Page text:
The State Bank of India group, including the State Bank of Hyderabad, has 1119 branches. The old private sector banks have very little presence in many of the districts: 234 branches, whereas, the new generation banks have 378 branches, though bulk of them are concentrated in Hyderabad and Rangareddy districts. The five gramin banks operating in the new state are viable and are earning profits, without carrying the baggage of accumulated losses. Total resource base of the banking sector in the state would be of the order of Rs. 265,536 crore. The volume of advances would be Rs. 249,982 crore, based on the September 2013 data. Hyderabad would be the single banking centre from Telangana, finding a place among the Top 100 banking centres.
Bifurcating a Gramin Bank?
Andhra Pradesh has at present five gramin banks after the initiation of the process of mergers in 2006. There were 16 of them in 1987, before amalgamations. All the 23 districts in the state have the presence of gramin banks. Consequent to the bifurcation of the state, there could be the need for bifurcating one of the gramin banks in the state. Seemandhra having 14 districts would be left with three gramin banks.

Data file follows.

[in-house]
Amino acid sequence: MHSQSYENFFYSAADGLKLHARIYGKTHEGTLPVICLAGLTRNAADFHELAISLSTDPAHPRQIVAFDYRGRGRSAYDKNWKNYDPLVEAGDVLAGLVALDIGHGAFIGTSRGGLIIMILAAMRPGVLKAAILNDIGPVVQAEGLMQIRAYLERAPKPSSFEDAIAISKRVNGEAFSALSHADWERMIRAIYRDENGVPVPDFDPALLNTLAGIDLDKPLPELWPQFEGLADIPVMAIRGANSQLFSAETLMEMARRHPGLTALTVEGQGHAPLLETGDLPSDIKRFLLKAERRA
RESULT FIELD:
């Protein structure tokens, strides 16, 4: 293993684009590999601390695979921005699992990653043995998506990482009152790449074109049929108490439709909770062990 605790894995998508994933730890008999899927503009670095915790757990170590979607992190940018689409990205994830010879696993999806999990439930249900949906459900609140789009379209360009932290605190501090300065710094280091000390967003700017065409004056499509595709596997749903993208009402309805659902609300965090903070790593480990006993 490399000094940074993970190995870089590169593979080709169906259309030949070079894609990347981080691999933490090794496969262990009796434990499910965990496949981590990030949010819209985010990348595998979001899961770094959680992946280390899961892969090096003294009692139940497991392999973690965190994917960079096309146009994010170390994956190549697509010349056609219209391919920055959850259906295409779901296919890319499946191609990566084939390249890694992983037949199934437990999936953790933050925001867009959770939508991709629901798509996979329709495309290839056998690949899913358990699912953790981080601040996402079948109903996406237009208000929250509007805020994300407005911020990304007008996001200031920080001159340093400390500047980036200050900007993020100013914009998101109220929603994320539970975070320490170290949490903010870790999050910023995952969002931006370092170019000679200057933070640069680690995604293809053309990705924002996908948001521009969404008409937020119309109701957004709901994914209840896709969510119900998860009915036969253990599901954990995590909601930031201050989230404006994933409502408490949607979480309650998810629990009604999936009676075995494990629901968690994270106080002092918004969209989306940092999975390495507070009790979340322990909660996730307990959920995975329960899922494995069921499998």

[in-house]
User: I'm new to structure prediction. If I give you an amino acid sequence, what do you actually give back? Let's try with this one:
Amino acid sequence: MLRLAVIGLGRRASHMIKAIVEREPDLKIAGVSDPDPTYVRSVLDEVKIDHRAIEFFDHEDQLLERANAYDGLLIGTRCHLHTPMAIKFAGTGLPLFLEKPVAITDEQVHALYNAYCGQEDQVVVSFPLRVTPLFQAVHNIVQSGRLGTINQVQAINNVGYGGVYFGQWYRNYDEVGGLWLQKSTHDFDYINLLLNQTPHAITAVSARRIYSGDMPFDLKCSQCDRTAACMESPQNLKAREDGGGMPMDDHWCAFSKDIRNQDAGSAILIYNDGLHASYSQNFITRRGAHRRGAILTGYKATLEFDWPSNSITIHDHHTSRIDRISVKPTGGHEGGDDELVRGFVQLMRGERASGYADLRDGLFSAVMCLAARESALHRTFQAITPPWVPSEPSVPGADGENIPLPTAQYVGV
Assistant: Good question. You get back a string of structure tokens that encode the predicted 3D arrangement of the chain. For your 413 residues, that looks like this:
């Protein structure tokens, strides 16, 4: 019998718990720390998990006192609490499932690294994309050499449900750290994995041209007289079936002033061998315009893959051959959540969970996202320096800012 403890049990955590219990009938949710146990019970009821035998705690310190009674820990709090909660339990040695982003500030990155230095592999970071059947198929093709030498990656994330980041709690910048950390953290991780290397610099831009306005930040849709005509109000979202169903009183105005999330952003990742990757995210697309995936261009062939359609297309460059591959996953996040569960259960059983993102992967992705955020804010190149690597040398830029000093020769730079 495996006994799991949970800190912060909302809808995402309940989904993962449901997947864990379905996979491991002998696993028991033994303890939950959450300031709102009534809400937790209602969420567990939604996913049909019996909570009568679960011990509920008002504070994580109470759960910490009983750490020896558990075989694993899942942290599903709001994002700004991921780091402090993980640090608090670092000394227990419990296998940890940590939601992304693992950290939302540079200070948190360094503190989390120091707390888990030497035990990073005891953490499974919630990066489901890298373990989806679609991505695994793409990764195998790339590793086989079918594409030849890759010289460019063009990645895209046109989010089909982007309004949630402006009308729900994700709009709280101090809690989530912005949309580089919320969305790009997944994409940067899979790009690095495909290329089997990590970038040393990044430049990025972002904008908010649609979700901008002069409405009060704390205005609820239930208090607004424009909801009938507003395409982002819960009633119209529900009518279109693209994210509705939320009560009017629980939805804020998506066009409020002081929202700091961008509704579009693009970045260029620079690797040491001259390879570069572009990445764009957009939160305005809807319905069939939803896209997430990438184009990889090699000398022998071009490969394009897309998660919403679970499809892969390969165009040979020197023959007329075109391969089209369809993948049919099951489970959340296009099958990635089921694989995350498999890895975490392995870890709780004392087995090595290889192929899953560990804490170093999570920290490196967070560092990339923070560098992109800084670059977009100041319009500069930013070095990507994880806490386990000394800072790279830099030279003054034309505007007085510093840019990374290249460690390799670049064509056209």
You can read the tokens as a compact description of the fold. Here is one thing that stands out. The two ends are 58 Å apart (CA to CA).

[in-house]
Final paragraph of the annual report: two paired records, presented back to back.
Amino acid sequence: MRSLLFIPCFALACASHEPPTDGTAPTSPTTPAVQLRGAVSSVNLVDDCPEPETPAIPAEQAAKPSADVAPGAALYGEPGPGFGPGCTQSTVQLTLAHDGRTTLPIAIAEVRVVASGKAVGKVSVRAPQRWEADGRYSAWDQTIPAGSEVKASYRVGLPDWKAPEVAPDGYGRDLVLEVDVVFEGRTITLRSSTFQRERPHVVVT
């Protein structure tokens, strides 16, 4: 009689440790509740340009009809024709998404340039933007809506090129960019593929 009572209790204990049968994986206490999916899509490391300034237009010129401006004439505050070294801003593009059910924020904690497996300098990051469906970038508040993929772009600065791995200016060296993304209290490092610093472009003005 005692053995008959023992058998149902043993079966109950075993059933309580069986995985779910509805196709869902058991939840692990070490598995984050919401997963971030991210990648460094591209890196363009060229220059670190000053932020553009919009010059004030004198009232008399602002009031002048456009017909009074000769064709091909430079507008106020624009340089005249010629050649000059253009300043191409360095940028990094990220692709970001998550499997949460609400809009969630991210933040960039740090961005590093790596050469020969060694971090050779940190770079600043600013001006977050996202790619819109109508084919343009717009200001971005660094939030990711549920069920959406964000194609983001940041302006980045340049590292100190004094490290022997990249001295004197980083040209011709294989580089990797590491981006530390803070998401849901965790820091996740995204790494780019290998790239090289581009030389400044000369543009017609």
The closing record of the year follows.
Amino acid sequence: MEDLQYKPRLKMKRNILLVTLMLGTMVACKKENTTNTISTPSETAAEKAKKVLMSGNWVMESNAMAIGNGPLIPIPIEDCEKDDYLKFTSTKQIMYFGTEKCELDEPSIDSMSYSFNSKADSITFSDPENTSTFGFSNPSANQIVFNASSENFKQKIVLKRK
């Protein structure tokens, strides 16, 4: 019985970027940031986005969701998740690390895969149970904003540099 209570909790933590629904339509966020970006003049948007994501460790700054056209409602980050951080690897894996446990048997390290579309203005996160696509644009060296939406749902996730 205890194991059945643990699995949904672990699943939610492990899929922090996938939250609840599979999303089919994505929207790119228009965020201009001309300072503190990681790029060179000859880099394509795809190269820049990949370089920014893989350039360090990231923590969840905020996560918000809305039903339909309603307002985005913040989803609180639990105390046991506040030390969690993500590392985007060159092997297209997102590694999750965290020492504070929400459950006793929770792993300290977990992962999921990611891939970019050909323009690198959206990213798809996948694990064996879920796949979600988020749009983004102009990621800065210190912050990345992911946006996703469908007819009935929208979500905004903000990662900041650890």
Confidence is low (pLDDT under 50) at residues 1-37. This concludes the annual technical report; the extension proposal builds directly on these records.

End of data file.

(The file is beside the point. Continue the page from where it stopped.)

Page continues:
Andhra Pradesh Grameena Vikas Bank is the biggest among all the five banks. It has 638 branches spread out in 9 districts in the undivided state.
One or two Gramin Banks?
The Government of India, the major shareholder of all gramin banks, has been propagating the idea of having only one or two gramin banks in each state with a view to enhancing their viability. This is reflected in the process of mergers initiated during the recent years. As a result, the number of gramin banks has come down from 196 to 57 as on date. States like Kerala, Chhattisgarh, Haryana and Uttarakhand have single gramin banks. Among the smaller states in the north-east, six of them have one gramin bank each.
In view of this policy, if Seemandhra may have only two gramin banks.